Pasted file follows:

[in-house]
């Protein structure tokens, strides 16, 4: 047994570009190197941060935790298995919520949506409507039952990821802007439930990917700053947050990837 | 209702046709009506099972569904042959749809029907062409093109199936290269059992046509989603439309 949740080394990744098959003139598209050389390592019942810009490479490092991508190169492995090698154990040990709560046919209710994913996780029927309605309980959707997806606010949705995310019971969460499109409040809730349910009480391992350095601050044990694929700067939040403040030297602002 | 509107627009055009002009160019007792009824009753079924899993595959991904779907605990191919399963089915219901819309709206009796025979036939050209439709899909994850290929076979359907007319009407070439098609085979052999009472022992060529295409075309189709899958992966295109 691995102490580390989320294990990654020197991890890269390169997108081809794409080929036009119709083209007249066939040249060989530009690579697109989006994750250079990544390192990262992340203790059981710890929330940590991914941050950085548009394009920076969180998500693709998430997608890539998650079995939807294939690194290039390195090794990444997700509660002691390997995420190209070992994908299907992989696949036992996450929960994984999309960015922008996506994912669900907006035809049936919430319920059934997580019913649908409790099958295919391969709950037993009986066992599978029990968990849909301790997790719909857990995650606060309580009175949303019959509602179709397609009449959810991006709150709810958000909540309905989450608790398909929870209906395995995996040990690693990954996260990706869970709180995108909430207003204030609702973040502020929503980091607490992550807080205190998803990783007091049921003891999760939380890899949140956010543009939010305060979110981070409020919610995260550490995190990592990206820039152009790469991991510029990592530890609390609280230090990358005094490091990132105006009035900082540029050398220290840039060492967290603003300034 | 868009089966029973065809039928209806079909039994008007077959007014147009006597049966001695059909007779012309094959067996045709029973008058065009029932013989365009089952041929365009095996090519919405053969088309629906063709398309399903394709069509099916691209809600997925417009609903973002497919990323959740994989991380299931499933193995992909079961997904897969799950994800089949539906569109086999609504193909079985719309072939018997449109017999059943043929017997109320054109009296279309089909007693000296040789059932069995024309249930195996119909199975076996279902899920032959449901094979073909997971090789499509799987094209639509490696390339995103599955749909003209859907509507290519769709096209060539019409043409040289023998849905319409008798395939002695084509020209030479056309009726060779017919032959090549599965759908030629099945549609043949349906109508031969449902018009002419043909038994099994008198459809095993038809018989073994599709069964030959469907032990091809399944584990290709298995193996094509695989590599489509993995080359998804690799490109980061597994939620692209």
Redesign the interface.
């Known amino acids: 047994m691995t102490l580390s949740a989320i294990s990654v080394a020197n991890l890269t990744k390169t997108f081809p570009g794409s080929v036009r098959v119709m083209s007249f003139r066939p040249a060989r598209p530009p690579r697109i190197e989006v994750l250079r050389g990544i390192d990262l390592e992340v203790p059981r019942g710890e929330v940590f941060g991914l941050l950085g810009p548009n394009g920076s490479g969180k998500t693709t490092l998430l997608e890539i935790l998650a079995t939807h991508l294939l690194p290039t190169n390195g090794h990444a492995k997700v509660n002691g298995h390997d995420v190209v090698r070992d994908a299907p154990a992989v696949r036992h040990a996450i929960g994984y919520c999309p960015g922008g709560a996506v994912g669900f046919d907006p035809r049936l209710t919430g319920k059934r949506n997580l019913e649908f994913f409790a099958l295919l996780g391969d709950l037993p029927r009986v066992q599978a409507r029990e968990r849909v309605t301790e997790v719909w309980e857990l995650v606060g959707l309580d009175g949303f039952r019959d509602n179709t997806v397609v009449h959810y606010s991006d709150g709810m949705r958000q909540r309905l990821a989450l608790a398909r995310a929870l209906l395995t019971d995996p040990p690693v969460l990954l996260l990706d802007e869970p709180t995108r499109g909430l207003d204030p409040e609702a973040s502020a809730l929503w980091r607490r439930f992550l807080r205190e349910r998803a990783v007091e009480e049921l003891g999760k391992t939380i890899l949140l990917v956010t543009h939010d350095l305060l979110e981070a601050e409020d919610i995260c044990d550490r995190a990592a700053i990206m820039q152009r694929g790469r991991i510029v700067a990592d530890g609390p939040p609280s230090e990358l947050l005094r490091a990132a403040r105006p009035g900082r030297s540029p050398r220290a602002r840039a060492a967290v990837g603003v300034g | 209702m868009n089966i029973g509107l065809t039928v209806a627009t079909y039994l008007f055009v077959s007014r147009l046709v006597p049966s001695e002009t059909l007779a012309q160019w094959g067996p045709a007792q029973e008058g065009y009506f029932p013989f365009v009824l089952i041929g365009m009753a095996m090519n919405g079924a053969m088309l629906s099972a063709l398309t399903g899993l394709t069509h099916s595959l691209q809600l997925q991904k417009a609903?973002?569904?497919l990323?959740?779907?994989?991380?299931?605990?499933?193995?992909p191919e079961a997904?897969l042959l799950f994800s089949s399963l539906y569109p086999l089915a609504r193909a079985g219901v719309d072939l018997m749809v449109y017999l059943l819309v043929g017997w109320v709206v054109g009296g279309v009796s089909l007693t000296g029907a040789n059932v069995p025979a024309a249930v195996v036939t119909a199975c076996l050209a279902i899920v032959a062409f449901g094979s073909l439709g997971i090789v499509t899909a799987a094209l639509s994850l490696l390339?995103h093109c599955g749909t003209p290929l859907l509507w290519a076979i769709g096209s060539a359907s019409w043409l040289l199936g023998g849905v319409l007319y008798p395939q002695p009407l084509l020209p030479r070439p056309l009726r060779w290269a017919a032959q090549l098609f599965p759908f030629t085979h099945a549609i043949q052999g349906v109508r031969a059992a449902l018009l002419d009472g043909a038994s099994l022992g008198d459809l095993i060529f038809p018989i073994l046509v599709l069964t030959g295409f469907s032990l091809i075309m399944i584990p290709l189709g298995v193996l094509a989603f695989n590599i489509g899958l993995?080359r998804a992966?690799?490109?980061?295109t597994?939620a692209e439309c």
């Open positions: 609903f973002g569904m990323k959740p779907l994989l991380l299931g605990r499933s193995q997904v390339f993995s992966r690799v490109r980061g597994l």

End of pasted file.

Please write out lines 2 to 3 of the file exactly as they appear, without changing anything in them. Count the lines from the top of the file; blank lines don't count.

């Protein structure tokens, strides 16, 4: 047994570009190197941060935790298995919520949506409507039952990821802007439930990917700053947050990837 | 209702046709009506099972569904042959749809029907062409093109199936290269059992046509989603439309 949740080394990744098959003139598209050389390592019942810009490479490092991508190169492995090698154990040990709560046919209710994913996780029927309605309980959707997806606010949705995310019971969460499109409040809730349910009480391992350095601050044990694929700067939040403040030297602002 | 509107627009055009002009160019007792009824009753079924899993595959991904779907605990191919399963089915219901819309709206009796025979036939050209439709899909994850290929076979359907007319009407070439098609085979052999009472022992060529295409075309189709899958992966295109 691995102490580390989320294990990654020197991890890269390169997108081809794409080929036009119709083209007249066939040249060989530009690579697109989006994750250079990544390192990262992340203790059981710890929330940590991914941050950085548009394009920076969180998500693709998430997608890539998650079995939807294939690194290039390195090794990444997700509660002691390997995420190209070992994908299907992989696949036992996450929960994984999309960015922008996506994912669900907006035809049936919430319920059934997580019913649908409790099958295919391969709950037993009986066992599978029990968990849909301790997790719909857990995650606060309580009175949303019959509602179709397609009449959810991006709150709810958000909540309905989450608790398909929870209906395995995996040990690693990954996260990706869970709180995108909430207003204030609702973040502020929503980091607490992550807080205190998803990783007091049921003891999760939380890899949140956010543009939010305060979110981070409020919610995260550490995190990592990206820039152009790469991991510029990592530890609390609280230090990358005094490091990132105006009035900082540029050398220290840039060492967290603003300034 | 868009089966029973065809039928209806079909039994008007077959007014147009006597049966001695059909007779012309094959067996045709029973008058065009029932013989365009089952041929365009095996090519919405053969088309629906063709398309399903394709069509099916691209809600997925417009609903973002497919990323959740994989991380299931499933193995992909079961997904897969799950994800089949539906569109086999609504193909079985719309072939018997449109017999059943043929017997109320054109009296279309089909007693000296040789059932069995024309249930195996119909199975076996279902899920032959449901094979073909997971090789499509799987094209639509490696390339995103599955749909003209859907509507290519769709096209060539019409043409040289023998849905319409008798395939002695084509020209030479056309009726060779017919032959090549599965759908030629099945549609043949349906109508031969449902018009002419043909038994099994008198459809095993038809018989073994599709069964030959469907032990091809399944584990290709298995193996094509695989590599489509993995080359998804690799490109980061597994939620692209």
Redesign the interface.